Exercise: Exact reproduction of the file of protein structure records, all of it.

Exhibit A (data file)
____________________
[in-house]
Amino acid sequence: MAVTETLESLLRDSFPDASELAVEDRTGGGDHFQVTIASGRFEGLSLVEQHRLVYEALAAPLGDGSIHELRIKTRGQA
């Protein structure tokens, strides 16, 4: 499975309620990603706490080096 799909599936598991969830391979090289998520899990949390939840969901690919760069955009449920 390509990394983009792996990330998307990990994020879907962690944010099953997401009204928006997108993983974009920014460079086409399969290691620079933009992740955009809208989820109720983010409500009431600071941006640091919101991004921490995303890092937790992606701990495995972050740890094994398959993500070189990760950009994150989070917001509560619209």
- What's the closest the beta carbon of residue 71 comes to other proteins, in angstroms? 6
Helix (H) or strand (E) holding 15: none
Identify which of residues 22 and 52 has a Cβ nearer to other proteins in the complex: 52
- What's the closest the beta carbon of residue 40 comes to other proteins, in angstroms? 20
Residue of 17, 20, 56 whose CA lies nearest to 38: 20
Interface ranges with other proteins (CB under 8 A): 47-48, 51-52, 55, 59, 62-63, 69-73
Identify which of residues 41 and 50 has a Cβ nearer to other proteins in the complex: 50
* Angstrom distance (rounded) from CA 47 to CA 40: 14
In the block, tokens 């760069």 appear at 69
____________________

[in-house]
Amino acid sequence: MAVTETLESLLRDSFPDASELAVEDRTGGGDHFQVTIASGRFEGLSLVEQHRLVYEALAAPLGDGSIHELRIKTRGQA
């Protein structure tokens, strides 16, 4: 499975309620990603706490080096 799909599936598991969830391979090289998520899990949390939840969901690919760069955009449920 390509990394983009792996990330998307990990994020879907962690944010099953997401009204928006997108993983974009920014460079086409399969290691620079933009992740955009809208989820109720983010409500009431600071941006640091919101991004921490995303890092937790992606701990495995972050740890094994398959993500070189990760950009994150989070917001509560619209």
- What's the closest the beta carbon of residue 71 comes to other proteins, in angstroms? 6
Helix (H) or strand (E) holding 15: none
Identify which of residues 22 and 52 has a Cβ nearer to other proteins in the complex: 52
- What's the closest the beta carbon of residue 40 comes to other proteins, in angstroms? 20
Residue of 17, 20, 56 whose CA lies nearest to 38: 20
Interface ranges with other proteins (CB under 8 A): 47-48, 51-52, 55, 59, 62-63, 69-73
Identify which of residues 41 and 50 has a Cβ nearer to other proteins in the complex: 50
* Angstrom distance (rounded) from CA 47 to CA 40: 14
In the block, tokens 């760069």 appear at 69